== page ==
President Joe Biden said Wednesday he would take executive action to cancel what’s likely the largest amount of student loan debt in history, fulfilling a pledge he made on the campaign trail and at least somewhat assuaging the progressive wing of his party.
Biden announced loan forgiveness of up to $10,000 for most borrowers, and up to $20,000 for federal Pell Grant recipients — those who come from low- and moderate-income backgrounds. The debt relief has an income cap, making it available only to individuals who earn less than $125,000 a year, or less than $250,000 a year for families who file taxes jointly.
The administration said nearly 8 million borrowers may be eligible to receive relief automatically because the U.S. Department of Education already possesses the relevant income data. Otherwise, a “simple application” will be available in the coming weeks, before the end of the year, officials said.
Current students with debt are eligible for loans that originated before July 1. Loans made for graduate school or to parents to pay for their children’s college education also qualify.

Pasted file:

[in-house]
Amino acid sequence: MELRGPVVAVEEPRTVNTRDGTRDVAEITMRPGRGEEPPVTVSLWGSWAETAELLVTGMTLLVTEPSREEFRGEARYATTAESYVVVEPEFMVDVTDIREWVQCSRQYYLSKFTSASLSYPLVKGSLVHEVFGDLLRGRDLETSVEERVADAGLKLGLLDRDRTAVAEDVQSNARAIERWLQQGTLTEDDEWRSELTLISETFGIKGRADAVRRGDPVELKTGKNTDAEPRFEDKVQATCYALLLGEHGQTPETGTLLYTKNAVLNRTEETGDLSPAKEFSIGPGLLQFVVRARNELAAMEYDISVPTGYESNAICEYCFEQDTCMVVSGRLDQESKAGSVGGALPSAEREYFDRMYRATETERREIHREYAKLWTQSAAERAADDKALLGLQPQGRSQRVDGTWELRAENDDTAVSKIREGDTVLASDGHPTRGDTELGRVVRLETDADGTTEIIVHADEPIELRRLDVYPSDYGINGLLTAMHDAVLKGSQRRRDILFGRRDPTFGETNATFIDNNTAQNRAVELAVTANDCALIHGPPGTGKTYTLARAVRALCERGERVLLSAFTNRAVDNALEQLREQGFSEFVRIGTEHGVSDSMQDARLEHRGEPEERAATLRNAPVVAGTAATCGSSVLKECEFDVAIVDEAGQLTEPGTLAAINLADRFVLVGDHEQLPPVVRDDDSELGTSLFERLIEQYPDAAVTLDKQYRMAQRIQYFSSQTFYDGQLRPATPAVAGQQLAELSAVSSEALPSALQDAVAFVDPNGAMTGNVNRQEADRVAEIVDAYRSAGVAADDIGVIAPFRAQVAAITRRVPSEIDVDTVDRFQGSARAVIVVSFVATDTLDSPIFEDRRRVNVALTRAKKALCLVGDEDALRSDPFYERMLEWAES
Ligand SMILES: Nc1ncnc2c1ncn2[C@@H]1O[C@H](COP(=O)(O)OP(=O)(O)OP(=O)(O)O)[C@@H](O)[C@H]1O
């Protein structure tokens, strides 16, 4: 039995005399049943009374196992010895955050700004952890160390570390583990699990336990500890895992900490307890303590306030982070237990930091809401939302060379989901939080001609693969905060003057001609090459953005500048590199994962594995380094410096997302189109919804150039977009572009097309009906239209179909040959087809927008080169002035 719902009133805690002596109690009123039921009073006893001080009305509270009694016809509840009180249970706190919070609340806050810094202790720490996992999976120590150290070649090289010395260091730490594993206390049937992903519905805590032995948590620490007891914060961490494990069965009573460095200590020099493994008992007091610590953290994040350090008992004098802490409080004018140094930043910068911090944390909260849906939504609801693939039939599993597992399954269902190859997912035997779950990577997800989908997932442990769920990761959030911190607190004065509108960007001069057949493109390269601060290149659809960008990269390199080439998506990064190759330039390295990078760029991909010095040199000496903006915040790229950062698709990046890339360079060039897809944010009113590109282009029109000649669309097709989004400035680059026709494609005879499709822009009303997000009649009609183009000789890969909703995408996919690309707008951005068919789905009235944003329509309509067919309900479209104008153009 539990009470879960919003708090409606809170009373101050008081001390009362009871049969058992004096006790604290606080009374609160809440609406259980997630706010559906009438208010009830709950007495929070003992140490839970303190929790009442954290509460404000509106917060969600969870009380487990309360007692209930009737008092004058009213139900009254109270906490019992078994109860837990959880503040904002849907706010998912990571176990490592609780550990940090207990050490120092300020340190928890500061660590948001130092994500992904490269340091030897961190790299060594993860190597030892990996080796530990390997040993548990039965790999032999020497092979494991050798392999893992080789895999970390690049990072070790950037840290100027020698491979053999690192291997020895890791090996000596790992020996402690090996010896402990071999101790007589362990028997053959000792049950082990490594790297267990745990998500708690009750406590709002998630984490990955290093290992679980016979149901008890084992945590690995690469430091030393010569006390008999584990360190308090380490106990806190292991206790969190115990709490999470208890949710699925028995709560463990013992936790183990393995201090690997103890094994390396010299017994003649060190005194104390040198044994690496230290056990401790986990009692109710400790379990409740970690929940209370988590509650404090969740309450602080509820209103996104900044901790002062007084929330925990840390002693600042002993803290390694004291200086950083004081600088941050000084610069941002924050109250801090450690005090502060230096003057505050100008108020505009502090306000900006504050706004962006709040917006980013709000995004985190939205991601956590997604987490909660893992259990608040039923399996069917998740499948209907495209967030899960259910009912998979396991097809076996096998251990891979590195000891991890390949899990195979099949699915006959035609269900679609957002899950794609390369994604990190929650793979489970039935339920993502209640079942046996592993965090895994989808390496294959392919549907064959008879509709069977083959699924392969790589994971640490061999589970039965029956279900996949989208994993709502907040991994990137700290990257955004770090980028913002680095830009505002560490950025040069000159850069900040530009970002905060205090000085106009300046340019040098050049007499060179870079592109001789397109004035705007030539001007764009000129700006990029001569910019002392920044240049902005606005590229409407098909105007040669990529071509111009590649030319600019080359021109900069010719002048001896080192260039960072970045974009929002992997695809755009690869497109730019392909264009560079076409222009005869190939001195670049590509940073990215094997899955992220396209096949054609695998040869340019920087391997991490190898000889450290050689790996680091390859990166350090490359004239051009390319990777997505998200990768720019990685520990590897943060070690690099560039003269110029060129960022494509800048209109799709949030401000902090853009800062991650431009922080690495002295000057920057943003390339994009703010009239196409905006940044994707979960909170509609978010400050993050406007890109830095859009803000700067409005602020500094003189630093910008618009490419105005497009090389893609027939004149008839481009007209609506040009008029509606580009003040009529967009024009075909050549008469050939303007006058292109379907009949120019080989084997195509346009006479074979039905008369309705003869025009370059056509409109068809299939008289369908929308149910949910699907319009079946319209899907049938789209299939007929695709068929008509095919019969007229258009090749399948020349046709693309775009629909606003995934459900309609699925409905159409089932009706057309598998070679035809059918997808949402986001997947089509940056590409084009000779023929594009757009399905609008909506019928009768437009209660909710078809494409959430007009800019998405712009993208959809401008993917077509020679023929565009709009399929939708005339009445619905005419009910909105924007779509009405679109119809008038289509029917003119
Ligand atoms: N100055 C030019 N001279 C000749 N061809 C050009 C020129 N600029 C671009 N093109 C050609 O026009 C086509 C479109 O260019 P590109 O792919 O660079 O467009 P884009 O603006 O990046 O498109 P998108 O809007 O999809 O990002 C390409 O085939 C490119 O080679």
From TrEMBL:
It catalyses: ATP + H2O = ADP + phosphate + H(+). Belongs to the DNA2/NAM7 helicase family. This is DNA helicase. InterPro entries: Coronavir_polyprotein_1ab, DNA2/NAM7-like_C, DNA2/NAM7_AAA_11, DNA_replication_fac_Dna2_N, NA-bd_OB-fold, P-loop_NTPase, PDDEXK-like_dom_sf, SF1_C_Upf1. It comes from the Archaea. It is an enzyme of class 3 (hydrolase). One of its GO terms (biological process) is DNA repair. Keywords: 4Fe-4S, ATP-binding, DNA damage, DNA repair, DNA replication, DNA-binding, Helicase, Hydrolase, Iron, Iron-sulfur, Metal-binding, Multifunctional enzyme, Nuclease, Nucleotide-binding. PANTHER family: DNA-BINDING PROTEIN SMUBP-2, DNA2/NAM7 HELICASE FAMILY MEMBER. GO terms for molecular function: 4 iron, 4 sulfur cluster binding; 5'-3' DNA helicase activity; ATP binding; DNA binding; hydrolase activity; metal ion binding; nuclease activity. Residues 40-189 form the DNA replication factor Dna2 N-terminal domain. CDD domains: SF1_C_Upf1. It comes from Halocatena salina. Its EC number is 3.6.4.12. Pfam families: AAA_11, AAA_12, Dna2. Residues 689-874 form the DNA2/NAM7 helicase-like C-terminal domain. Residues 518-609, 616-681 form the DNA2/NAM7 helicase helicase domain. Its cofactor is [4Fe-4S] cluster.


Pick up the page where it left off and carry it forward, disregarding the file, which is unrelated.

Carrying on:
Privately held loans will not be affected.
The White House — which also announced Wednesday it will extend a pandemic-induced pause on student loan payments through the end of December — had long faced pressure to wipe away loan debt as COVID-19 continued to squeeze the economy and vulnerable borrowers.
Up to this point Biden held off, opting instead to remold aspects of the beleaguered student loan system. The Education Department is pursuing regulatory action on programs like income-based repayment plans, which determine monthly installments using borrowers' salaries, and Public Service Loan Forgiveness, which cancels debt for nonprofit and government workers after a decade of qualifying payments.
Biden’s moves, which were revealed in media reports prior to Wednesday’s announcement, earned praise from some Democrats and advocacy groups.